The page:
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J Am Med Dir Assoc. 2019 Jan;20(1):22-27. doi: 10.1016/j.jamda.2018.11.021.

The Underappreciated Role of Low Muscle Mass in the Management of Malnutrition.

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Center for Translational Research in Aging & Longevity, Department of Health and Kinesiology, Texas A&M University, College Station, TX. Electronic address:
Department of Nutrition & Dietetics, Royal Brompton & Harefield NHS Foundation Trust, London, United Kingdom.
Servicio de Endocrinología y Nutrición, Complejo Asistencial Universitario de León, Altos de Nava, León, Spain.
Department of Nutrition and Dietetics, Guy's and St Thomas' NHS Foundation Trust, London, United Kingdom.
Servicio de Geriatría, Hospital Universitario Ramón y Cajal (IRYCIS), Madrid, Spain.
Clinical Nutrition, Hôpitaux Universitaires de Genève Unité de nutrition Geneva, Switzerland.
Istituto di Medicina Interna e Geriatria, Università Cattolica del Sacro Cuore, Roma, Italy.
Department of Clinical Medicine, Università La Sapienza di Roma, Italy.
Department of Nutrition and Gerontology, German Institute of Human Nutrition, Potsdam-Rehbruecke (DIfE), Nuthetal, Germany.
Department of Agricultural, Food and Nutritional Science, University of Alberta, Edmonton, Alberta, Canada.


Preserving muscle is not only crucial for maintaining proper physical movement, but also for its many metabolic and homeostatic roles. Low muscle mass has been shown to adversely affect health outcomes in a variety of disease states (eg, chronic obstructive pulmonary disease, cancer, cardiovascular disease) and leads to an increased risk for readmission and mortality in hospitalized patients. Low muscle mass is now included in the most recent diagnostic criteria for malnutrition. Current management strategies for malnutrition may not prioritize the maintenance and restoration of muscle mass. This likely reflects the challenge of identifying and measuring this body composition compartment in clinical practice and the lack of awareness by health care professionals of the importance that muscle plays in patient health outcomes. As such, we provide a review of current approaches and make recommendations for managing low muscle mass and preventing muscle loss in clinical practice. Recommendations to assist the clinician in the optimal management of patients at risk of low muscle mass include the following: (1) place muscle mass at the core of nutritional assessment and management strategies; (2) identify and assess low muscle mass; (3) develop a management pathway for patients at risk of low muscle mass; (4) optimize nutrition to focus on muscle mass gain versus weight gain alone; and (5) promote exercise and/or rehabilitation therapy to help maintain and build muscle mass. The need to raise awareness of the importance of screening and managing 'at risk' patients so it becomes routine is imperative for change to occur. Health systems need to drive clinicians to treat patients with this focused approach, and the economic benefits need to be communicated to payers. Lastly, further focused research in the area of managing patients with low muscle mass is warranted.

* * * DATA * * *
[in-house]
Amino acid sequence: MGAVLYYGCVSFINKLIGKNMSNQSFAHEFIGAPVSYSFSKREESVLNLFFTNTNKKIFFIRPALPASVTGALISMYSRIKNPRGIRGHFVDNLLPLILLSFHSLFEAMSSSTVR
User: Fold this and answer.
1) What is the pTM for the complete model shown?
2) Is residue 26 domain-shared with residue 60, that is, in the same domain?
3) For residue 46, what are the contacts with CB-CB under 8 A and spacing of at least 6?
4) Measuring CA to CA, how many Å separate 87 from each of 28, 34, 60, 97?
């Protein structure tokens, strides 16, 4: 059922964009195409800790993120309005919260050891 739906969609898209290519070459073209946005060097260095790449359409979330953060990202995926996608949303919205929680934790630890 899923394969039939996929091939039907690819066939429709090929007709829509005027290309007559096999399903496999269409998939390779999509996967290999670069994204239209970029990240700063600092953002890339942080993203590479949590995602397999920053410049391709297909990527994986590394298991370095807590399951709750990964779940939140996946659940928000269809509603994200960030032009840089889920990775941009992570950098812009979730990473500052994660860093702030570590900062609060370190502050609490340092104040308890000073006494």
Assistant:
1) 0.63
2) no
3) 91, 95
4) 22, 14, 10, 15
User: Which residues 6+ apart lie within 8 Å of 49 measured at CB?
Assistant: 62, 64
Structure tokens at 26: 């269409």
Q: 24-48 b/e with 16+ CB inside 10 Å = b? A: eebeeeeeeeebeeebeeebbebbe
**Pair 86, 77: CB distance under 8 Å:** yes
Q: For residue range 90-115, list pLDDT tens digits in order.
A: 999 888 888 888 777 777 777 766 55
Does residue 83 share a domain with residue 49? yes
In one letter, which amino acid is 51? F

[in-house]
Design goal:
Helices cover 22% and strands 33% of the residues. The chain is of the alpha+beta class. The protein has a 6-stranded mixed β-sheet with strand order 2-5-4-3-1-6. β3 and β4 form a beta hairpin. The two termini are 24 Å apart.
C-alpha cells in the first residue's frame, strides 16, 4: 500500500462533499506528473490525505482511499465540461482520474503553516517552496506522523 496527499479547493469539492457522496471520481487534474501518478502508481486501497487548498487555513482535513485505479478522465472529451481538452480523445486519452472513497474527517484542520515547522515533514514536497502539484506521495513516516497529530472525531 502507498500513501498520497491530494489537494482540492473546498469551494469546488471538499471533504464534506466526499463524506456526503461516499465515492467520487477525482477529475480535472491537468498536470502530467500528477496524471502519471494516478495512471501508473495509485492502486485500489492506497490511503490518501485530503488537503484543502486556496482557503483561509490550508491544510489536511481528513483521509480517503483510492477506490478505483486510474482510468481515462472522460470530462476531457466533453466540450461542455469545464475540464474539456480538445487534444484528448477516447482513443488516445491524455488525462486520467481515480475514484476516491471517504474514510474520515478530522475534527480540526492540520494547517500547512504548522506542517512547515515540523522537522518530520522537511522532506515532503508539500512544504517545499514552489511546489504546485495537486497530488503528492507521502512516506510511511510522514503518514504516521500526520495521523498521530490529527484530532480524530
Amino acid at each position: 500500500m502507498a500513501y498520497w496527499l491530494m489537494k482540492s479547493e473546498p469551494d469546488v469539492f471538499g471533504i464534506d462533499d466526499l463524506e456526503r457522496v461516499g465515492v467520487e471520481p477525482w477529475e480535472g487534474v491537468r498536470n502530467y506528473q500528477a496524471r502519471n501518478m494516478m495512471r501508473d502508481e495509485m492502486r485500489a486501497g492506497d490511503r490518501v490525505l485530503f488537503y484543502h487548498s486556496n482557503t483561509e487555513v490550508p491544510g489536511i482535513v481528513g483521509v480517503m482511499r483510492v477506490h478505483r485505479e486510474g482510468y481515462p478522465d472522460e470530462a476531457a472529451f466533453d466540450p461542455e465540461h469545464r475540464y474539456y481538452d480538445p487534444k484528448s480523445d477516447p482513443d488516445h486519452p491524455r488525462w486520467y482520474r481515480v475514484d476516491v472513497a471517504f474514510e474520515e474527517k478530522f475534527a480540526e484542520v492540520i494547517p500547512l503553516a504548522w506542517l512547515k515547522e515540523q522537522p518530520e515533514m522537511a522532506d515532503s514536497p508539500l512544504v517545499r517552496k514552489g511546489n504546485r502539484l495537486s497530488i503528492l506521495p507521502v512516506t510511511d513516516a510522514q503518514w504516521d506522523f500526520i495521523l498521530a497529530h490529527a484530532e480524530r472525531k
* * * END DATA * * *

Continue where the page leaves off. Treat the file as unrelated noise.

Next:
Muscle function; body composition; malnutrition; muscle mass; nutritional supplement

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